Wednesday, December 7, 2022

A Day That Will Live in Infamy

 I posted much of this before. You may have missed it, so here it is.

The following is excerpted from a letter I transcribed for my friend Nate Weiser to a high school class that had asked him to relate his Pearl Harbor experience on Dec 7th, 1941.

Nate had a degree in education with a sports career and had worked his way through college in the depression.

His military career was somewhat unique in that he was both at Pearl and Normandy.

His commander at Pearl had given him permission to forgo mess duties as he pursued radio courses at the local college in Honolulu.

The mess sergeant saw Nate as a slacker for that. When the dishes rattled in the following story, he came out roaring at Nate for dropping them.

Nate and his two friends had been on a date the night before with some nurses.

He was stationed at Pearl in the Army Air Force and he was in radio.

My two friends and I were going to visit a friend later in the day who was in the Navy, and in Pearl Harbor for a short stay. We were in the Mess Hall around 7:50am Sunday morning. We were waiting in line for our Super Sunday Breakfast before we would go to see our friend when around 8:00am, give or take a few minutes, we heard a large noise that shook the building, and all the stacks of dishes that were on the table fell to the floor. The Mess Sergeant came out and was cussing everyone out. Right then, the second bomb fell and the table plus the food went crashing to the floor. I ran to the door and saw the Japanese Insignia on the aircraft and said to Don and Merrill, "Why are the Japanese planes here? This could be war!"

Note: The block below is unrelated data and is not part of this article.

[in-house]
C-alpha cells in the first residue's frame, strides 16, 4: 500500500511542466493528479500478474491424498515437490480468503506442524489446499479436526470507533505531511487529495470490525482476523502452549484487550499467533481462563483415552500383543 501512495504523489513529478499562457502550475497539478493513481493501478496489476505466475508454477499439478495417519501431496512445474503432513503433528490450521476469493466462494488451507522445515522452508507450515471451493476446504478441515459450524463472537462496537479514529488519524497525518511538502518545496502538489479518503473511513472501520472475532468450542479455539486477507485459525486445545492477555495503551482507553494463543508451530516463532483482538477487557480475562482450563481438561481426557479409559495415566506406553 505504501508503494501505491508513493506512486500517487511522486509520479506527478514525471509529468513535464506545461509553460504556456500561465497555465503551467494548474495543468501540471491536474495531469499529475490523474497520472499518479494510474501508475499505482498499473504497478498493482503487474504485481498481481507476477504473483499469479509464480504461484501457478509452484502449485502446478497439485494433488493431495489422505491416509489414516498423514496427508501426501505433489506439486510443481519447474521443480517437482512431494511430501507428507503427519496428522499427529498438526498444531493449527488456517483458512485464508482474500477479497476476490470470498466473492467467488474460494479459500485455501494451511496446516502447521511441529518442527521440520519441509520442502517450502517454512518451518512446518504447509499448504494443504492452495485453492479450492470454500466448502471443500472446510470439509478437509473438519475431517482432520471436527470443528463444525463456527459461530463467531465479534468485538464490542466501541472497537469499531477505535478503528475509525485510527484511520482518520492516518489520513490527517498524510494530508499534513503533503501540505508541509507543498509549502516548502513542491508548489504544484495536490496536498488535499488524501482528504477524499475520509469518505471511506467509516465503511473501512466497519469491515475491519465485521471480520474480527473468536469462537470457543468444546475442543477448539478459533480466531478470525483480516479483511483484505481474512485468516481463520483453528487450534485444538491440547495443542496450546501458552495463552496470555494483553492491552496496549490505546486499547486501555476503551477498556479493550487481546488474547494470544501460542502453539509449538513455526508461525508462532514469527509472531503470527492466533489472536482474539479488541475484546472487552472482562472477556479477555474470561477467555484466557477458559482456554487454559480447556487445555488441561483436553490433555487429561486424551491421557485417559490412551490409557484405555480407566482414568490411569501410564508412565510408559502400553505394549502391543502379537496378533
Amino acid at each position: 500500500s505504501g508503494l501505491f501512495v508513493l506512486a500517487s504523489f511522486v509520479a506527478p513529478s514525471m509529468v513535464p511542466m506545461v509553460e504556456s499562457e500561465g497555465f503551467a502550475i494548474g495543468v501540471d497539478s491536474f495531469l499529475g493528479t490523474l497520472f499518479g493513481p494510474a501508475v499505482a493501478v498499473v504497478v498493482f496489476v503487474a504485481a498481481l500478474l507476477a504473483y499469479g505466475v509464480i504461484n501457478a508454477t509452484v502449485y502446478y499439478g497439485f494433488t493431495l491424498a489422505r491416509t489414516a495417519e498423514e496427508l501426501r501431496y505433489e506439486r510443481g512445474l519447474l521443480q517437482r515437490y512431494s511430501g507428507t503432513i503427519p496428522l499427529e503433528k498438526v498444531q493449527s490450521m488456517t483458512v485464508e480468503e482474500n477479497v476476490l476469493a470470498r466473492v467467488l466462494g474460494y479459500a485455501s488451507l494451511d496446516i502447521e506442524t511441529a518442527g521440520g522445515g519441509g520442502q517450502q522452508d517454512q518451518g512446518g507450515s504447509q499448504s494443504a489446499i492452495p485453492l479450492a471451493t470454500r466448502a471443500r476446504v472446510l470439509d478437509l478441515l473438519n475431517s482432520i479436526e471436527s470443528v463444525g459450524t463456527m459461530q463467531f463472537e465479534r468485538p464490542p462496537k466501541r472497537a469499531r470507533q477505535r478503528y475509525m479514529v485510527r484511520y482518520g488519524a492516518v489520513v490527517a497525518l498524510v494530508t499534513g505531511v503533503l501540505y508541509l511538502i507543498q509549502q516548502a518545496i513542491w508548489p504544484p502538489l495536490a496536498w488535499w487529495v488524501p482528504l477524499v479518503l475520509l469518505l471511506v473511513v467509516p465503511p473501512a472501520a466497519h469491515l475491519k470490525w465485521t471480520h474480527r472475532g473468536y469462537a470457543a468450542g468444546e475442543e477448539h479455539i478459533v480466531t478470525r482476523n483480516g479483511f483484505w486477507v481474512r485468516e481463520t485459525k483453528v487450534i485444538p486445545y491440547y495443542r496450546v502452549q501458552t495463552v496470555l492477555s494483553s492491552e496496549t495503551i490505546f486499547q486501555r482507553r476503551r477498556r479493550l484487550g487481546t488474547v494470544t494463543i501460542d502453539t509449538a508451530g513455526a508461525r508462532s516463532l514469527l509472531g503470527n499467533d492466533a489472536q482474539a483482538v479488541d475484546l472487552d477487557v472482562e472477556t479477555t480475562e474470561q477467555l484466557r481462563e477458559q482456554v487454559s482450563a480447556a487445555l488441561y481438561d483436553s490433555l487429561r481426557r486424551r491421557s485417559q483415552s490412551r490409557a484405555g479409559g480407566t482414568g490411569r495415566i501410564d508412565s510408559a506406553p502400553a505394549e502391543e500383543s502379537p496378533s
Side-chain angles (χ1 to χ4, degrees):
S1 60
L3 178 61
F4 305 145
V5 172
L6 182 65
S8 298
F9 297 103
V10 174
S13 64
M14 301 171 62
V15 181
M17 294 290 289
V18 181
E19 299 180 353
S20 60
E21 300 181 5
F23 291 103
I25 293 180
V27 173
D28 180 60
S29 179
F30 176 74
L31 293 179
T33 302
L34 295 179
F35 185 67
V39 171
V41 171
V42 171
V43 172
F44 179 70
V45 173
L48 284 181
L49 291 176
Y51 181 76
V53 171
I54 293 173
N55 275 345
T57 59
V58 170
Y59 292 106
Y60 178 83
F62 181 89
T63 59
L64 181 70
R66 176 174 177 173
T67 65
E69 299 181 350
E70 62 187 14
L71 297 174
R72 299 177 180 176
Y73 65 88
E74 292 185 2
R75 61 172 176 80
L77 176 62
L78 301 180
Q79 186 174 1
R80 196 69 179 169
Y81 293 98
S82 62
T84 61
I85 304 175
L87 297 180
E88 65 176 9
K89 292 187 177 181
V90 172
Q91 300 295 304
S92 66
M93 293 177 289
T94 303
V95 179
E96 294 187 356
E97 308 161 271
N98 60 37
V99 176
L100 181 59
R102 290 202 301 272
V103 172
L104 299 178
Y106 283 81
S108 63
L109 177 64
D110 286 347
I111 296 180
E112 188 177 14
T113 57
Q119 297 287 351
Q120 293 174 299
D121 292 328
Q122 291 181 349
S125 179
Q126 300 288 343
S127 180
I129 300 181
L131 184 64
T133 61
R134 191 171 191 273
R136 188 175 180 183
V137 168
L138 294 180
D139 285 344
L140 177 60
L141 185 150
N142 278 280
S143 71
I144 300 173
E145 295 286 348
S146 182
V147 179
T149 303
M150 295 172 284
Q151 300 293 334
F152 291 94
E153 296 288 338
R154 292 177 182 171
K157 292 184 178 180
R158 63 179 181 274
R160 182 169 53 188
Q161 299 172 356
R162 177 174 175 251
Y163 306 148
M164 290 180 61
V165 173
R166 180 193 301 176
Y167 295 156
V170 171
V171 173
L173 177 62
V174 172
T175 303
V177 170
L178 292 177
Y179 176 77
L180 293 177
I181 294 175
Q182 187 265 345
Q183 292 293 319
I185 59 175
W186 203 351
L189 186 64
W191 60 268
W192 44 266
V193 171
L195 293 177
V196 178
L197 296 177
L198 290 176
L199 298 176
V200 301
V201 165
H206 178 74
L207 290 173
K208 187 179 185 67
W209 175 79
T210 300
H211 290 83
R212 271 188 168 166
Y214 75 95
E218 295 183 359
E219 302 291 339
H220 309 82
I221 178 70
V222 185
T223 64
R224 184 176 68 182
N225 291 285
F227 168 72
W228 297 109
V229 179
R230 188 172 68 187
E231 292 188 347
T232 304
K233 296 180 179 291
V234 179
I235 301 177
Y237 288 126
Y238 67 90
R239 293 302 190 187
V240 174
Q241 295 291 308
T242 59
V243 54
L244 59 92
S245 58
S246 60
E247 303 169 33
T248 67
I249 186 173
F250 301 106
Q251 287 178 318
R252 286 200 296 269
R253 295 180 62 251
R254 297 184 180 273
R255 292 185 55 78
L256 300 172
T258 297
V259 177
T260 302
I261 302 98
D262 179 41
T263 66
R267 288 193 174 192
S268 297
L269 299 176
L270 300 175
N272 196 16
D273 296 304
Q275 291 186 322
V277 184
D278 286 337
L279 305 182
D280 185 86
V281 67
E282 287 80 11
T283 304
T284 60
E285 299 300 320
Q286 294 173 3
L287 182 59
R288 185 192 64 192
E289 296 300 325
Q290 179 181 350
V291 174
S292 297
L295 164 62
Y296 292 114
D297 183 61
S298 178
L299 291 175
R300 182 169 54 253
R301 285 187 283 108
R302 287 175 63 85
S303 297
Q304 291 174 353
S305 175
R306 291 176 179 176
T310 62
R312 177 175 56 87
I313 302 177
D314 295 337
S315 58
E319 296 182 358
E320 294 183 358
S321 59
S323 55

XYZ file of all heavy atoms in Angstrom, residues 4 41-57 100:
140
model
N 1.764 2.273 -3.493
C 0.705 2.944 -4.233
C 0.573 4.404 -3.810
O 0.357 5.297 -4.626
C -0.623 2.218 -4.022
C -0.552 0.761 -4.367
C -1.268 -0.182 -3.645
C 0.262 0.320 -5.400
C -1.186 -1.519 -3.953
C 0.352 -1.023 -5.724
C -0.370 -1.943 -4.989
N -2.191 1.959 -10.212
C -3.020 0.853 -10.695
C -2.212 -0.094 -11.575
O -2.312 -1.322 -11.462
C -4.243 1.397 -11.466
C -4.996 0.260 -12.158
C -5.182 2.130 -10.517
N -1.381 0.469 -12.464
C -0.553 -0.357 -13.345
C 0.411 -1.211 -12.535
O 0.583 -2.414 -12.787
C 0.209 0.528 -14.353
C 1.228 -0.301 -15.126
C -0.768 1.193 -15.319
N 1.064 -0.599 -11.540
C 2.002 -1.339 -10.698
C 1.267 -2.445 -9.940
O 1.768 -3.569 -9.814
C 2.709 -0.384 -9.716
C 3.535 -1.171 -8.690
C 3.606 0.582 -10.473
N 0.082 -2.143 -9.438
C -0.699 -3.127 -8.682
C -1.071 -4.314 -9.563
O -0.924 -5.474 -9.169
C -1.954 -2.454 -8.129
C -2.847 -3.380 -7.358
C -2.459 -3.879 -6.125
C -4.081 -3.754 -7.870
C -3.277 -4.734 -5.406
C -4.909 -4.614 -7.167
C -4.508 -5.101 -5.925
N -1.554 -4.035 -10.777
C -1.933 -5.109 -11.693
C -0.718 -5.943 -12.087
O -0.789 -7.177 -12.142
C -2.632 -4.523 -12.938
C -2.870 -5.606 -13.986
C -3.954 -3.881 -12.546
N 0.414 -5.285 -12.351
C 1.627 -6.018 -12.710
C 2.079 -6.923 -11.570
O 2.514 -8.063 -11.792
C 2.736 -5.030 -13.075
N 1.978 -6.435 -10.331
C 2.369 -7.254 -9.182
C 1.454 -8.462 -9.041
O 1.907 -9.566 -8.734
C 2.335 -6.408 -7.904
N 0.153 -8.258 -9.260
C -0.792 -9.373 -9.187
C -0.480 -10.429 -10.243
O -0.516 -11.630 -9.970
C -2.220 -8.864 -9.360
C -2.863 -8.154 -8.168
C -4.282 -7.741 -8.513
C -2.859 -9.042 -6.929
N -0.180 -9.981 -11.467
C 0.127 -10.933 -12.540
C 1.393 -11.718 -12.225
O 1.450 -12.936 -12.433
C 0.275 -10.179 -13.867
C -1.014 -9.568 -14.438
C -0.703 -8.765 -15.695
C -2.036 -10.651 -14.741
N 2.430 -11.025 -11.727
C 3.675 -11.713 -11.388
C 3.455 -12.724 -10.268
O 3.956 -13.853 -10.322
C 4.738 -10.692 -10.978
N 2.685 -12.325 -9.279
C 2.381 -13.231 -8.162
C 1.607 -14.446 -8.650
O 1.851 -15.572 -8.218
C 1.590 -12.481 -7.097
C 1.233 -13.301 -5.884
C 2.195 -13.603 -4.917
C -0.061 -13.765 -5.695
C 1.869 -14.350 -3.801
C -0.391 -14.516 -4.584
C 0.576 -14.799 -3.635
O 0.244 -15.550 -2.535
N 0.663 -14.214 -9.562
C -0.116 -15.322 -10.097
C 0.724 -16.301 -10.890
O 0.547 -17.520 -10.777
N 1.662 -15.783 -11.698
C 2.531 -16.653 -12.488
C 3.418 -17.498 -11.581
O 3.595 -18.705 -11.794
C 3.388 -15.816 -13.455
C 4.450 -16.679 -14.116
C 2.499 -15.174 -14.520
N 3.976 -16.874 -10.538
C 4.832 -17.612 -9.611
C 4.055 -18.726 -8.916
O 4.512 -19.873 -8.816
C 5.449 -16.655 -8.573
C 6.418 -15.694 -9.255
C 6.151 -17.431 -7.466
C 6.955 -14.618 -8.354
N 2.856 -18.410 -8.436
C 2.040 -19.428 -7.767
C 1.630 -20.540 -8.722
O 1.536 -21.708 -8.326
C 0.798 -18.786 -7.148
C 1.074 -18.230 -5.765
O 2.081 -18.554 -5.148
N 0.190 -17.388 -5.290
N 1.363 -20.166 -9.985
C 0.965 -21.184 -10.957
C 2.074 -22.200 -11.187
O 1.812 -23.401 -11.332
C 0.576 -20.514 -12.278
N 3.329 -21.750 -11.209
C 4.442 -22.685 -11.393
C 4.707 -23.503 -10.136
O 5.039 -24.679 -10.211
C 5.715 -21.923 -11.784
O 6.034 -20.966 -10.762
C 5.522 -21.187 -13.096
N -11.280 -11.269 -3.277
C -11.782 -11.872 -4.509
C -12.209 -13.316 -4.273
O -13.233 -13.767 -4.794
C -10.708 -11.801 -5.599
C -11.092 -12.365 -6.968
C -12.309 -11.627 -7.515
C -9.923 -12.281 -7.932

The planes were strafing all over the area. We were going to hide under the warehouse building next to the Mess Hall, but "Indian Joe", a WW1 veteran told us to get going and try to go to the Residential Area, and go in between the buildings so we wouldn't get hit. We saw the Number 1 hangar on the runway in flames. Half of it was full of ammunition (rumor had it that we were going to Wake Island in a very short time). They hit that hangar first, they knew what was in it. The planes on the ramp were tail to tail, all they did was strafe down the line and get two planes at a time. The reason they were tail to tail was so every Saturday morning the post could march in front of the commander before we had the weekend free. It was a miserable sight to see with us running for our lives. The planes flew so low that you could see some of the pilots red scarves and goggles. That sight I will never forget.